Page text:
The rain this time of year in Atlanta isn’t just a force of nature, it’s a way of life anathema to ‘most everywhere else. The drops are both reverie and reveille, all at the same time.
The atmosphere, it seems, is mourning the dying of summer. The earth is rallying its forces to prepare for winter. Its inhabitants seem uncertain about the current state of transition, yet remain captivated by the return to school, the throw of the ball, and other nostalgic tugs. In a relatively seasonless region, it’s an interesting night of flashes, deluges, and strange quietude.
The streets of downtown Atlanta in the latter part of the first decade of the twenty-first century are weirdly serene these days. The real estate boom of the millennium’s turn reached only corridors of the central city. A tornado hit, devastating some of its poorest pockets. A restaurant employee was murdered execution-style, allegedly by a gang as part of an initiation. Except for certain streets during weekday rush hour, this place is a bit of a ghost town. Remarkable for the capital of the New South, a city ostensibly too busy to hate, post-Olympics.
It’s nights such as these, as they turn into mornings, that I like to keep watch, with a Bud Light and some chips and a single incandescent bulb. I don’t want the night to end, and yet I eagerly await the light of day, a reminder of the confusing, timeless, suspended quality of this non-season. I feel things are changing, even though I might not know it exactly. I don’t want to sleep through the transition. It’s one of those seemingly rare occasions, where I’m aware of the awesome, slow passage of time. To bypass the experience would be a failure on my part. To be mindful to eek out a bit of vigilance not only interrupts my life, but removes me from my living of it. It takes energy and conscience, a determined sense of place, and ultimately a balanced removal from the landscape itself.
The older I get, the more I want time to slow. Oh my, no, I don’t think I can control time. Hardly! I’m more an observant fool. I become more aware of my wasteful respect for time, with the passage of each squandered season, with the fall of each weighty raindrop this morning. As the browns turn to grays and start balding (mimicking perhaps those beautiful, still-green deciduous trees out there in Oakland Cemetery), I increasingly respect these moments, times such as this summer-fall hour. It was never mine, and it will never return. Not for me, not for anyone, not even for God himself.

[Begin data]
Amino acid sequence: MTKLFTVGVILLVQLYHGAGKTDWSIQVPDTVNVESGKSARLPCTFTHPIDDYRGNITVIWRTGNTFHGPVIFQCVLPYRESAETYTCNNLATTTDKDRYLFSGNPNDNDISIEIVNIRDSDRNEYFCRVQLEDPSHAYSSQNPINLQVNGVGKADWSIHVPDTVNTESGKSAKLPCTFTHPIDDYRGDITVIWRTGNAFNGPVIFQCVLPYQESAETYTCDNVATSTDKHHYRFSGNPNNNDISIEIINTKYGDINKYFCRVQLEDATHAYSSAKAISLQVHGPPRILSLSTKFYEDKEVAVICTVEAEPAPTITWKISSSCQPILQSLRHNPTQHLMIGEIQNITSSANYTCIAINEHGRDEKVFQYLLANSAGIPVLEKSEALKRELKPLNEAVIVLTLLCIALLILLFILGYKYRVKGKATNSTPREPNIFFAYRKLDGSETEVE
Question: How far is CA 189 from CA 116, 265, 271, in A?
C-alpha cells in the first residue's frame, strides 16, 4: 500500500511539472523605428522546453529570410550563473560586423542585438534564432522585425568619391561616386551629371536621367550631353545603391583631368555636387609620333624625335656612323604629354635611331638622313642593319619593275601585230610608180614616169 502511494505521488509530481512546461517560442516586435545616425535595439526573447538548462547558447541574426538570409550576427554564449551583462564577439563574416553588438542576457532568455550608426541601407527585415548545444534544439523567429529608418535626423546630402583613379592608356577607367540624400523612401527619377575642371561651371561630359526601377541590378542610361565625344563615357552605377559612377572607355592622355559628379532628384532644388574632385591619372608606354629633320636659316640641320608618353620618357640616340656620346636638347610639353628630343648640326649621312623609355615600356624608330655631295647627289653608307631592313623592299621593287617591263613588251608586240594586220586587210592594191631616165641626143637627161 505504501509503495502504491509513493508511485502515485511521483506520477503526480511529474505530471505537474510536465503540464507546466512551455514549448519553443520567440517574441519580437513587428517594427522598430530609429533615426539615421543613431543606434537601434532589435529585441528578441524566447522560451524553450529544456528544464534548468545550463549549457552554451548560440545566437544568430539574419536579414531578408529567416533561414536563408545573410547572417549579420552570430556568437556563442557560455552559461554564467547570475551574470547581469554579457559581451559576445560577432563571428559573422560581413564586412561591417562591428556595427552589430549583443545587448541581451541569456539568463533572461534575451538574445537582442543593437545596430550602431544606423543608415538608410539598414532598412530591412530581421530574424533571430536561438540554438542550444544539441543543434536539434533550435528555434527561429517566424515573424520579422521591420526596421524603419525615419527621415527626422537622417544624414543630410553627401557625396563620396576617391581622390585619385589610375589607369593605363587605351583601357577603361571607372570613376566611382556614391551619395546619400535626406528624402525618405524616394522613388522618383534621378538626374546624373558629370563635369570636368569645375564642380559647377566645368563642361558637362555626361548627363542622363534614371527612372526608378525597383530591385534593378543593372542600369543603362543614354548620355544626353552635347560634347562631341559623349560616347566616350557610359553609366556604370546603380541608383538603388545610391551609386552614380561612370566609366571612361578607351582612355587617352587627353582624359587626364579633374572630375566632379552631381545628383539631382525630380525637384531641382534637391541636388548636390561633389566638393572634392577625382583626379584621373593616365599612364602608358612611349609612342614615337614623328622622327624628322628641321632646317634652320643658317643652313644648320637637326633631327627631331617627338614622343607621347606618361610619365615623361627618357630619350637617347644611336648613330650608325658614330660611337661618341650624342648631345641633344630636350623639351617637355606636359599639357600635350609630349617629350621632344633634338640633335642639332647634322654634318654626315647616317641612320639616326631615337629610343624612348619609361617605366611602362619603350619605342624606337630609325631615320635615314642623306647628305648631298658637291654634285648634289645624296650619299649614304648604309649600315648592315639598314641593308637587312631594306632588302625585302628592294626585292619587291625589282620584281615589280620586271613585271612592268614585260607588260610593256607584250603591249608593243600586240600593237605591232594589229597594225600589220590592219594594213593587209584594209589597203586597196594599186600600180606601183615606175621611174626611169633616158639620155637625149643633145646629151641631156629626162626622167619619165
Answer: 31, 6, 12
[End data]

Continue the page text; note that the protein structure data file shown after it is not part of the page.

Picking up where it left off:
There’s a strange buzz out on the wet street at the moment. It turns into a hum, then a zip, finally back to a buzz, reverberating across the slickened asphalt. A Vespa, perhaps. Some sort of scooter.
The rain has become a slow trickle, coyly flirting with the intermittent airplane-guiding lights of the distant communications tower, just past the cemetery’s far side. The MARTA trains have long stopped clanging above MLK Jr. Drive. A few cars rush by, racing against the slush of steamy rain left standing on the roadside. Who would be out at this hour? What’s to do? Judgment, yes.
This is the urban South at mid-morning on a Sunday, in very late summer, which itches to be cooled into an early, early fall. A few of us are awake, keeping vigil for the sly peek of a season’s turn. We will be sleepy tomorrow, but we keep it company, the rain.